She’s really into Miyazaki films lately.  HOWL’S MOVING CASTLE. KIKI’S DELIVERY SERVICE.  She wants to see MY NEIGHBOR TOTORO.  Tonight’s feature is CASTLE IN THE SKY.  I saw it when she was really little, but don’t mind having it in the house again.

I don’t know which is more fun to watch.  The movies or her reaction to watching them.

Someday she may even want to watch STEAMBOY, which is just wicked cool.  It was made by Katsuhiro Otomo, the same guy who did AKIRA.  While AKIRA is cool to look at, the story just gets too confusing.  At least for me.

What’s playing at your place?

My work is cut out for me

Due to heavy rainfall on Christmas Day, this poor little Jewish traffic reporter was swamped with work (no pun intended) on Saturday, so I got absolutely nothing done on the outline.

Sunday was sunny and much quieter, so I was able to do a little bit.

My plan was to keep moving forward today while doing afternoon drive (check it out! I’m on NPR! Well, the local affiliate anyway).  But I also felt bad about having downloaded those script from the Black List and not read any, so I checked out THE 13th MAN, a WW2-era thriller about an Army comic book nerd who helps crack a case regarding Nazi agents on American soil.  All music to my ears.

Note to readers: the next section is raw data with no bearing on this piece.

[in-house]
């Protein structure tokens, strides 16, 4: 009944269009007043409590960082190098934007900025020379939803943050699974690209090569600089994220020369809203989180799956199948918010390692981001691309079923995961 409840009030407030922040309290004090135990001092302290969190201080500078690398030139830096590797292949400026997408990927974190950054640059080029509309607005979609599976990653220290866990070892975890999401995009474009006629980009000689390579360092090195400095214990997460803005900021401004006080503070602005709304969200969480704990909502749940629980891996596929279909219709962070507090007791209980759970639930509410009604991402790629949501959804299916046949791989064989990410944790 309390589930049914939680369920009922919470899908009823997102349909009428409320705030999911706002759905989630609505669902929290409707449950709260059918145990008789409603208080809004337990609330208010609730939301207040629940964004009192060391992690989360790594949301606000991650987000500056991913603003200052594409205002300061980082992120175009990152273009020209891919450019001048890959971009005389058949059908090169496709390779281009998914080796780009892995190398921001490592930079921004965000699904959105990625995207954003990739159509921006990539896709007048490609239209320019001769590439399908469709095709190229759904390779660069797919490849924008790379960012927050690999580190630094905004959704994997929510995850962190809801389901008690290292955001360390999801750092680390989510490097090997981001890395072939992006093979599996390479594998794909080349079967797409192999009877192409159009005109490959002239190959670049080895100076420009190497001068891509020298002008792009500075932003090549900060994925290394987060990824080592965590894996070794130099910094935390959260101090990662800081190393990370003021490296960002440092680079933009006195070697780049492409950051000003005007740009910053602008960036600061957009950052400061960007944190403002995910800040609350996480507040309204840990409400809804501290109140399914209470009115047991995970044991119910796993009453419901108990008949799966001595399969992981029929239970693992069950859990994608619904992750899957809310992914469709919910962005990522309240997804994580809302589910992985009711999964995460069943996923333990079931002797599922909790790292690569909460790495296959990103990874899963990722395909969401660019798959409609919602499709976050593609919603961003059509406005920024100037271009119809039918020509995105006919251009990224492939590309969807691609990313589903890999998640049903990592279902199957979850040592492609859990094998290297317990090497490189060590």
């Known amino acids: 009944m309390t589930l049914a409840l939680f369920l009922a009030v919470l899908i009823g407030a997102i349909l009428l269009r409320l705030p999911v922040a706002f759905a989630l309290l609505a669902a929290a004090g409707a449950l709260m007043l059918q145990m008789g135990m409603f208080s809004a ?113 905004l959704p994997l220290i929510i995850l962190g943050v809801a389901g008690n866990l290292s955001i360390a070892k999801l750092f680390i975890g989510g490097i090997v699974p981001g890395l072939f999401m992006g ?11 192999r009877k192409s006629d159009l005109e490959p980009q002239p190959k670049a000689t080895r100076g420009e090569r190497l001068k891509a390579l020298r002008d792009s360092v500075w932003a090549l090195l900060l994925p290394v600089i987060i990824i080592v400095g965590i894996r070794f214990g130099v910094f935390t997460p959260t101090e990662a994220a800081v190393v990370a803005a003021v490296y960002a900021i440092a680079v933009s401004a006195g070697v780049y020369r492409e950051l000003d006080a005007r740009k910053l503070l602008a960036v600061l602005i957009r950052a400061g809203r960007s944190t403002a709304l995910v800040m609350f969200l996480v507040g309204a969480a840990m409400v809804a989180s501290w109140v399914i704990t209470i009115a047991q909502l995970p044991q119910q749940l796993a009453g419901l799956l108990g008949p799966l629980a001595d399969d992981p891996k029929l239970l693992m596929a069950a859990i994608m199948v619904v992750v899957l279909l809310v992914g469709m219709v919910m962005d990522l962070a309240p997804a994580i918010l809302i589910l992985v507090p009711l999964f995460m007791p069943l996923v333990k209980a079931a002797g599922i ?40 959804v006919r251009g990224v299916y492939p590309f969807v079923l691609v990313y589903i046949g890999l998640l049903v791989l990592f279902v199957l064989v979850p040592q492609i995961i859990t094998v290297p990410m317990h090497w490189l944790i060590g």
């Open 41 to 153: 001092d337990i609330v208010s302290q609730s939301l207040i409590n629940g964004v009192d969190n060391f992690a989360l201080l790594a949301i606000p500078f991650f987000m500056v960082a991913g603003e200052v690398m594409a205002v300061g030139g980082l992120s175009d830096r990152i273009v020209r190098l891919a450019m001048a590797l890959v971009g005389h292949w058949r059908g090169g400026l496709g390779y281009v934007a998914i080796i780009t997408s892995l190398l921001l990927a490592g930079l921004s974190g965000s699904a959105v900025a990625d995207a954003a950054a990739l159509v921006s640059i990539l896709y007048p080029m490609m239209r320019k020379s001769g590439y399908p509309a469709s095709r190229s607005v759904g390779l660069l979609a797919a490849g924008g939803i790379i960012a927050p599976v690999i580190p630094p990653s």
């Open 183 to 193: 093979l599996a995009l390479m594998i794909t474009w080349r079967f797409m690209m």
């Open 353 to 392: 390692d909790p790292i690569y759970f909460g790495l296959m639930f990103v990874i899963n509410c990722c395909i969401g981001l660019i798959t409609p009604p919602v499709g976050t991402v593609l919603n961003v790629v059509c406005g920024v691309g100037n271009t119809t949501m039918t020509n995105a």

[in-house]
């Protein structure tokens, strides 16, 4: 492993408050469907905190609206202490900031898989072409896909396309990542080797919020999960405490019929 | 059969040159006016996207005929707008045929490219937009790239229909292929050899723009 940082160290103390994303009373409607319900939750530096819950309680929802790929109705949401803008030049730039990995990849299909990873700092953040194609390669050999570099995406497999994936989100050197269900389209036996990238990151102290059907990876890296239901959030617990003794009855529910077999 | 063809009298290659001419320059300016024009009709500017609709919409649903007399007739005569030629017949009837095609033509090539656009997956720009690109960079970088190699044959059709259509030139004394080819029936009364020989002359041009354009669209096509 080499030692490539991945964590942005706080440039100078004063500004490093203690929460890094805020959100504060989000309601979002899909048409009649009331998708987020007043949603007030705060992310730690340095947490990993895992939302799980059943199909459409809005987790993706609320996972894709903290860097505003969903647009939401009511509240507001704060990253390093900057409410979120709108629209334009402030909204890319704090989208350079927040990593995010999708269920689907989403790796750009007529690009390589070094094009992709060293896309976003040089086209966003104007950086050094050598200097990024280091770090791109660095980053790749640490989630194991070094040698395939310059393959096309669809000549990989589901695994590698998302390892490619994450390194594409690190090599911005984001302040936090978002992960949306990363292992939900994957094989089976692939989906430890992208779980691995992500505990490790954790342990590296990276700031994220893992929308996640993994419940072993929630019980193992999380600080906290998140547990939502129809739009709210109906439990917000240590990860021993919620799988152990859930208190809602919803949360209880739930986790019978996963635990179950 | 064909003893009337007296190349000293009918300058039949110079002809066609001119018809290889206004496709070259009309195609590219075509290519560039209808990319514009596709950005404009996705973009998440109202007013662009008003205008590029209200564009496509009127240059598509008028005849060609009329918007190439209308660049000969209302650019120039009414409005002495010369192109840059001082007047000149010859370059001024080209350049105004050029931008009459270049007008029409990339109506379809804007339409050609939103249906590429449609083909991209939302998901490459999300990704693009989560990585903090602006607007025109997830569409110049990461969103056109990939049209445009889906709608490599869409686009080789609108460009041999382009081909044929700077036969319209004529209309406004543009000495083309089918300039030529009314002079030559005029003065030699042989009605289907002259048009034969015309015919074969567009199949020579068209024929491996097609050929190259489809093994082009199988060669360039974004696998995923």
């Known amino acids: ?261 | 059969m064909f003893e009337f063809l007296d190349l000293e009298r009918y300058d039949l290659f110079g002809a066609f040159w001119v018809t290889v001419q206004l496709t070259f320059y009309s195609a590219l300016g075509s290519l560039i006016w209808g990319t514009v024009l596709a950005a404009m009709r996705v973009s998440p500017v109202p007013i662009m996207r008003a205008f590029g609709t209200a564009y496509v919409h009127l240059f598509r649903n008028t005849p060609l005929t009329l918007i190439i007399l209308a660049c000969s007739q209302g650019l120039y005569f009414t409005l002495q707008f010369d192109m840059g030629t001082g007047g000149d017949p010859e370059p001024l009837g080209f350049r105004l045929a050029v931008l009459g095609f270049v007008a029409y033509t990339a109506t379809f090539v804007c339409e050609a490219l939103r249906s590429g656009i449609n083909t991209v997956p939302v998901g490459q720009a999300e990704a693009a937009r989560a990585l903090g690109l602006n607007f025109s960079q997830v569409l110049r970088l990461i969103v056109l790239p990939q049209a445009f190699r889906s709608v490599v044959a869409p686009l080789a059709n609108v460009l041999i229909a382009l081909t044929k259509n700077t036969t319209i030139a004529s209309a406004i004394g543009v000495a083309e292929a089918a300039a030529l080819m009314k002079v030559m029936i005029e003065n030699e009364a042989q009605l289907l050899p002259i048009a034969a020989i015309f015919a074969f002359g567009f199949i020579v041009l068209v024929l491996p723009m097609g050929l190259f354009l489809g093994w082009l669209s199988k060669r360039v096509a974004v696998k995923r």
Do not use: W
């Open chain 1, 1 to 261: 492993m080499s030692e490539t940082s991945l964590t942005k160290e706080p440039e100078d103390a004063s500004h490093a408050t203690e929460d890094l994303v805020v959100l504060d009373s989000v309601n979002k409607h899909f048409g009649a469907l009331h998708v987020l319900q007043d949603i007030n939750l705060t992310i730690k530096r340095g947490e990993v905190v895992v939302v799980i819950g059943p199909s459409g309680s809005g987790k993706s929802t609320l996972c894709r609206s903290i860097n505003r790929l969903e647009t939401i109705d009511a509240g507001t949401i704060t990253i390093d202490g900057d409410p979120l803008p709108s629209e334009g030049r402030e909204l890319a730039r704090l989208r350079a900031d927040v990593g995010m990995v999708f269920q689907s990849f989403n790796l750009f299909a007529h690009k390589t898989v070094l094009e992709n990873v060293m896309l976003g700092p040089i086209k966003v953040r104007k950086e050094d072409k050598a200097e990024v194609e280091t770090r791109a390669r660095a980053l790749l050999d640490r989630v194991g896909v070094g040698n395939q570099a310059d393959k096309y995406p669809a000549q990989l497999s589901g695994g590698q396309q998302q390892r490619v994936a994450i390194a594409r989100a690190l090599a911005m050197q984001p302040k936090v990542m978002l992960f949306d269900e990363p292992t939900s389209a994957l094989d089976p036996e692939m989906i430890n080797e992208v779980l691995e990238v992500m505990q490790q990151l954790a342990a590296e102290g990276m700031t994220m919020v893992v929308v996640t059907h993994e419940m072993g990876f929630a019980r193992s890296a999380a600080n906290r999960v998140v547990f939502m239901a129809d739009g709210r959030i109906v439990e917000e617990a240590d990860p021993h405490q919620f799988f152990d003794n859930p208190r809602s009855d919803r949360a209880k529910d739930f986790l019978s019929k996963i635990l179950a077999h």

Wow.  This thing is just amazing.  Incredibly well-written.  A genuine page-turner.  Phenomenal story-telling.  My only two gripes: keeping track of some of the G-men characters, and a clever plot twist at the end.  While I did like the twist, and realize it does help hold the rest of the story together, would it all work if that whole subplot didn’t exist?  Maybe.  But I’m not the writer, so I can’t really say.

I’d give it a definite 9 out of 10.  Maybe 9.5.  I only hope the other 10 scripts I’ve got lined up are as entertaining.